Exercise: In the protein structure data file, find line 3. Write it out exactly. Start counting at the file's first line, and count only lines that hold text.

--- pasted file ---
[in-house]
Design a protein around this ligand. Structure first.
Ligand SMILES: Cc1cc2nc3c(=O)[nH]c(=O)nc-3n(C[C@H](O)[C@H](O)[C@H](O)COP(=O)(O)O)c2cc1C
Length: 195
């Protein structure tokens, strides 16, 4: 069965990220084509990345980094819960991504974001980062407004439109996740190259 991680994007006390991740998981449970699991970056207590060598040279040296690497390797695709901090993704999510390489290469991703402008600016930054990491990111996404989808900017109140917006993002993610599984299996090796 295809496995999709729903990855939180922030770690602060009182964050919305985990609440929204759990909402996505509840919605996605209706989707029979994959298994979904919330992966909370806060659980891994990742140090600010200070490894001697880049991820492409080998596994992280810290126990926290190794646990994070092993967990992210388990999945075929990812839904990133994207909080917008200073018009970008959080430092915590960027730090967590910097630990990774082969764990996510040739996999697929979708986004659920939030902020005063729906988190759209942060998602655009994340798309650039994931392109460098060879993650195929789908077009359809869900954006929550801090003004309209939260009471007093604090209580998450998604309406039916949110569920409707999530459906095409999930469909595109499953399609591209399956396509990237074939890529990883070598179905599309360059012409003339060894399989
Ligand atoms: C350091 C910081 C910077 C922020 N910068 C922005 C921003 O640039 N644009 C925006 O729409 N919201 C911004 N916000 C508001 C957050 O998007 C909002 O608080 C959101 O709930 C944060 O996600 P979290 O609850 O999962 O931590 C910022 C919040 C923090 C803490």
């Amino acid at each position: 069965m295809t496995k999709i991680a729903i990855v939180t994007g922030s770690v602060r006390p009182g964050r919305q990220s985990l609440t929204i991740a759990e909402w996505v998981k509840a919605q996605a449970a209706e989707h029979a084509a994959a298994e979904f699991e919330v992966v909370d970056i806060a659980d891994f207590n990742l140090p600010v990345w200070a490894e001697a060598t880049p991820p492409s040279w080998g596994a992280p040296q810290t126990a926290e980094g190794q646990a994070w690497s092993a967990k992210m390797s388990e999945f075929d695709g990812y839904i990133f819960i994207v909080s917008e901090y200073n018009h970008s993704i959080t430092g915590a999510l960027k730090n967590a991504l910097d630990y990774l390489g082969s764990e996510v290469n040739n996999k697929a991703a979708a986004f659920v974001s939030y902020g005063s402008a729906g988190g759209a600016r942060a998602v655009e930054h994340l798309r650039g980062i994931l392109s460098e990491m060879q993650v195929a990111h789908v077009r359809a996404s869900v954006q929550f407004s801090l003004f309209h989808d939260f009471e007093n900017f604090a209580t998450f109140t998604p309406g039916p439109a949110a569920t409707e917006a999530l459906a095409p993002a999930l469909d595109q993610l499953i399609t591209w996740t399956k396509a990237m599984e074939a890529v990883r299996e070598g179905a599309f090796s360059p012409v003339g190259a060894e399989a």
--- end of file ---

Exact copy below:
Ligand SMILES: Cc1cc2nc3c(=O)[nH]c(=O)nc-3n(C[C@H](O)[C@H](O)[C@H](O)COP(=O)(O)O)c2cc1C